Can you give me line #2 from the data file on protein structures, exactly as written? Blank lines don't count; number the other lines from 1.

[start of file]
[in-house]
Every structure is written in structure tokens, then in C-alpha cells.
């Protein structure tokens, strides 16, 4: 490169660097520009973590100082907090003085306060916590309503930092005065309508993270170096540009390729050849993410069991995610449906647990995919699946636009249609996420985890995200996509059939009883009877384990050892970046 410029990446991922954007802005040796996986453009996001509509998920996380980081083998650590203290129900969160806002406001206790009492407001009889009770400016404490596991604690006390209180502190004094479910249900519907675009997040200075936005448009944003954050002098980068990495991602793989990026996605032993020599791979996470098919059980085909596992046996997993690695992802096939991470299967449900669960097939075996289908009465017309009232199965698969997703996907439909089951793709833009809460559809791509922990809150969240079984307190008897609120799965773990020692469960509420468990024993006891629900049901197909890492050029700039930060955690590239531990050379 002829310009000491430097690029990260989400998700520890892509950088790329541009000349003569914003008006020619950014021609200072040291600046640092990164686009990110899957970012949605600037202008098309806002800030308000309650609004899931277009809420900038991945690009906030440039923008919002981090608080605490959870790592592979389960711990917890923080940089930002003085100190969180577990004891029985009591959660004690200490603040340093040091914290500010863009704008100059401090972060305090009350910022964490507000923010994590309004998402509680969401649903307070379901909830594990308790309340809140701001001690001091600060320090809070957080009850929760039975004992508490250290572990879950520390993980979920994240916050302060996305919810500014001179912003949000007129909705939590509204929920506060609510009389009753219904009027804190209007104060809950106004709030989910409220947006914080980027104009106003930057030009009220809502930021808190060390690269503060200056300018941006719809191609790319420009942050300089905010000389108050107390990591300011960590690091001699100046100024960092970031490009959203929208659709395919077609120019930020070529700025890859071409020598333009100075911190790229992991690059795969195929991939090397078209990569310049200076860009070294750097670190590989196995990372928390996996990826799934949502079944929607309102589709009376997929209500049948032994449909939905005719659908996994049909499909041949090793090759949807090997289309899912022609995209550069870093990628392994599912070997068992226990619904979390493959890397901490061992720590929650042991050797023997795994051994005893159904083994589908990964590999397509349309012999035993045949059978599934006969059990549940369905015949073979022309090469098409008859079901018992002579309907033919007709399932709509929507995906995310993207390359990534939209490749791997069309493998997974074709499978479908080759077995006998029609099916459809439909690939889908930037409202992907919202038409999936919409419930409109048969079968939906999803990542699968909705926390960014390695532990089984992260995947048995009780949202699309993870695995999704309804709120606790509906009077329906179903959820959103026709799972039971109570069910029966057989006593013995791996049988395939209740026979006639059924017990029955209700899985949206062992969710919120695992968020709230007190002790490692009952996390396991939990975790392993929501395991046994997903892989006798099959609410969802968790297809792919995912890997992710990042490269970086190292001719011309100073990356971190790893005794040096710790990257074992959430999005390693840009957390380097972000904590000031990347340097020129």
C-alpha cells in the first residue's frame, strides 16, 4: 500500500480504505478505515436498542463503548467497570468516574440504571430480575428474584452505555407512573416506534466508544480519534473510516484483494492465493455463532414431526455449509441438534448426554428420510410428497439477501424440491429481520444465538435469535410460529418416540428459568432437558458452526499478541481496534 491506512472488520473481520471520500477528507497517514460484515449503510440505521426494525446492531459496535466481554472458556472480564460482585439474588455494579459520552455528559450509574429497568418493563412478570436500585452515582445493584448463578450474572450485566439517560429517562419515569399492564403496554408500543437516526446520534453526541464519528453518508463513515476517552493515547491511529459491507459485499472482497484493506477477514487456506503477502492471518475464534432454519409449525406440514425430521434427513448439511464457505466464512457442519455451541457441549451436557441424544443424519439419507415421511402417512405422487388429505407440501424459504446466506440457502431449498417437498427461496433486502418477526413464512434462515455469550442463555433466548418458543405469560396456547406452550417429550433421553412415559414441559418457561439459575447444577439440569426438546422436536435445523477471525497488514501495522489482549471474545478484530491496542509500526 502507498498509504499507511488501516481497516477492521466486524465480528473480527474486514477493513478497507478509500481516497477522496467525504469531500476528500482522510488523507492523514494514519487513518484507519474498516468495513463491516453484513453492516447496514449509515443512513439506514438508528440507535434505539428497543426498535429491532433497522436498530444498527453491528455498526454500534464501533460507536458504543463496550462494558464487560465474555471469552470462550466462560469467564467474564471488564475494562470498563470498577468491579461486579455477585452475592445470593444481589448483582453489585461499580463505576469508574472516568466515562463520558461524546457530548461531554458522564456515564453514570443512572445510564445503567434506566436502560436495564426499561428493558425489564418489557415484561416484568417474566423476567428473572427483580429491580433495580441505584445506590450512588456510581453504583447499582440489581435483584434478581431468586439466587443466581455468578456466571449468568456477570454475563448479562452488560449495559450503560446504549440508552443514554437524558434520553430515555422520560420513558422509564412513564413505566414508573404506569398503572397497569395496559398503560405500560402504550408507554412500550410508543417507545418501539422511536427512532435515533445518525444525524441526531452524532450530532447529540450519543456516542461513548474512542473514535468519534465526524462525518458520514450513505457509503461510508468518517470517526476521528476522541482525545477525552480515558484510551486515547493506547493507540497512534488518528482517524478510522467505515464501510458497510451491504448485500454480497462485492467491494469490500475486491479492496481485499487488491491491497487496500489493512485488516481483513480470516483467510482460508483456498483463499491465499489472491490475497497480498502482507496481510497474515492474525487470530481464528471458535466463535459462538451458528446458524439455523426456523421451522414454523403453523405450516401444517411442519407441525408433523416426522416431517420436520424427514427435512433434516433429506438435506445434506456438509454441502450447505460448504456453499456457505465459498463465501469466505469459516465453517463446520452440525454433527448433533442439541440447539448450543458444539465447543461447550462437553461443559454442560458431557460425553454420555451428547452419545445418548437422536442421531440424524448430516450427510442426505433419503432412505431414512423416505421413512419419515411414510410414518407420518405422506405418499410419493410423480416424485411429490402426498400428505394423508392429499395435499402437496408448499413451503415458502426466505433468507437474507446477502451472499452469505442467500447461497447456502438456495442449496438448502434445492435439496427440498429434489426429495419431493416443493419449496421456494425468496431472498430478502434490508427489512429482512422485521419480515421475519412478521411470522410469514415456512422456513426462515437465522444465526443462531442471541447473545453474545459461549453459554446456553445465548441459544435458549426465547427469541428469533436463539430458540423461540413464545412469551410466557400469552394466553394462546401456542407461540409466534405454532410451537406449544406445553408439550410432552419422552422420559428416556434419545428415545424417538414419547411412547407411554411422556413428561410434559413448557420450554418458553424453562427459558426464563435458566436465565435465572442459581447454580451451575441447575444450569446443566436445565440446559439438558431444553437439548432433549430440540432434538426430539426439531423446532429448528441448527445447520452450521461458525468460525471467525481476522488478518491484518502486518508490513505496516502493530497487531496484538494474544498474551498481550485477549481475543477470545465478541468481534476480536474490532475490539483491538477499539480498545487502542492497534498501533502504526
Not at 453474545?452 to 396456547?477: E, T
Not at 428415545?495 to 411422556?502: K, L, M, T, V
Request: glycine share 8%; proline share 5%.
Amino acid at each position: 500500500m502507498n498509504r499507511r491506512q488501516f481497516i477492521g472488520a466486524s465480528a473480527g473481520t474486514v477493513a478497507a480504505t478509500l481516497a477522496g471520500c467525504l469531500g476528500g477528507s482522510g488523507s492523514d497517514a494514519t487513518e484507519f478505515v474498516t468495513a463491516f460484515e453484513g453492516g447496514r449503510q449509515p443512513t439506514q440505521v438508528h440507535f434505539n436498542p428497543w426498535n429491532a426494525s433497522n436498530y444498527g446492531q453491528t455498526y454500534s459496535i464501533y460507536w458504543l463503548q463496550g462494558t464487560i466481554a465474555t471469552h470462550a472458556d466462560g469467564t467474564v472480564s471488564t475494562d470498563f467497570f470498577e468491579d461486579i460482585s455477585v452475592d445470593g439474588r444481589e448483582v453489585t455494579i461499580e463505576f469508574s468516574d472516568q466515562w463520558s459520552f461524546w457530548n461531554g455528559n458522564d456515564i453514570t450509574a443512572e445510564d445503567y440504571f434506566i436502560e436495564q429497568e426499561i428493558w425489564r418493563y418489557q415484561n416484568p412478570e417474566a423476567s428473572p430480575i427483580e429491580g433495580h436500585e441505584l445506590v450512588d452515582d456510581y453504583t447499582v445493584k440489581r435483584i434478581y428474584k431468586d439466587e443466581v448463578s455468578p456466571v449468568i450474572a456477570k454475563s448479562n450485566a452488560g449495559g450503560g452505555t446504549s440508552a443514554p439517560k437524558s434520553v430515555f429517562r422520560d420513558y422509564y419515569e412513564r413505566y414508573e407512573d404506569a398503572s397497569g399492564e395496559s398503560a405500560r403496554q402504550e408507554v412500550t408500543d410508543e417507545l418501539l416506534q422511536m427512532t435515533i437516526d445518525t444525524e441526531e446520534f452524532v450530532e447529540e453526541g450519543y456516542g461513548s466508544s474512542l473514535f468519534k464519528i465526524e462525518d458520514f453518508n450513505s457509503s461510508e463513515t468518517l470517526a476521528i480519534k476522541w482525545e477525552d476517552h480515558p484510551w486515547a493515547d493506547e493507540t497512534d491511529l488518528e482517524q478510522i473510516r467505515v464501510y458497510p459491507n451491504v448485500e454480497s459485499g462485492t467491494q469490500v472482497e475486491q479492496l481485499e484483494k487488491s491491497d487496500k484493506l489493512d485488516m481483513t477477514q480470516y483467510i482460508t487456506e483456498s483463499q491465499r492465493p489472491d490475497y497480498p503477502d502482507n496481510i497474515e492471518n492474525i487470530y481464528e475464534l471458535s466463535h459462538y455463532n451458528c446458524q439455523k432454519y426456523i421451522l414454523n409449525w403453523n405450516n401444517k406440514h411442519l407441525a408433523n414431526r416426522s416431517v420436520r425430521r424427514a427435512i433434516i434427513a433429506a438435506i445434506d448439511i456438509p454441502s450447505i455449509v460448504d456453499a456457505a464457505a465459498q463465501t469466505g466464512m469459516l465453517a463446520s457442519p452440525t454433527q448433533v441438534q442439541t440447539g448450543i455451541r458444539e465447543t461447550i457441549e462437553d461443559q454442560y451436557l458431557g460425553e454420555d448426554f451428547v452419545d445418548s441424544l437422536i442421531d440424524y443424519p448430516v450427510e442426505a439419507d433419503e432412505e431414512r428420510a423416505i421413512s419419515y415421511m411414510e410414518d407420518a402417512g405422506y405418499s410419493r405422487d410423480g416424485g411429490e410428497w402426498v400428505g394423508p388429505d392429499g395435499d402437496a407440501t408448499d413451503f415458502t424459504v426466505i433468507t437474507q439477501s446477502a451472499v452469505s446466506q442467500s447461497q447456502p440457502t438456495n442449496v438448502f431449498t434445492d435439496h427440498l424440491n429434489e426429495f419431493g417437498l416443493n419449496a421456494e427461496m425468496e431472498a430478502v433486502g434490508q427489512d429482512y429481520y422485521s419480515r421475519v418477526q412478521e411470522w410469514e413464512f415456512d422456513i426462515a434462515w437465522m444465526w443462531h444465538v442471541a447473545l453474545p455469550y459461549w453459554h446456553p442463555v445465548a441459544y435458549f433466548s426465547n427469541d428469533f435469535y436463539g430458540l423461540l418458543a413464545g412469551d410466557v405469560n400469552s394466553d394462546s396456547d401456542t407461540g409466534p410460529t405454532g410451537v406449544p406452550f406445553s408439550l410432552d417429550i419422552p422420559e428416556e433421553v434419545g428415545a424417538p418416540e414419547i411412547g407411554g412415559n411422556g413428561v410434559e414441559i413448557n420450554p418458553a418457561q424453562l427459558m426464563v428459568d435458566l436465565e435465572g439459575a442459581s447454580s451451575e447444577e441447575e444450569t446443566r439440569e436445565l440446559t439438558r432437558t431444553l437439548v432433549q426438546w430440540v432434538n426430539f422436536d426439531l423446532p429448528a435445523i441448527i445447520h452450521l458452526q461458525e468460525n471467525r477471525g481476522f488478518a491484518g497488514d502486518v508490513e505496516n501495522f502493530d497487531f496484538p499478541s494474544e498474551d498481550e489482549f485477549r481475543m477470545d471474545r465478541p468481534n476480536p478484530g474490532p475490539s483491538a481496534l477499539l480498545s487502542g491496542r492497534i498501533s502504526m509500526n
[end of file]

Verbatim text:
Every structure is written in structure tokens, then in C-alpha cells.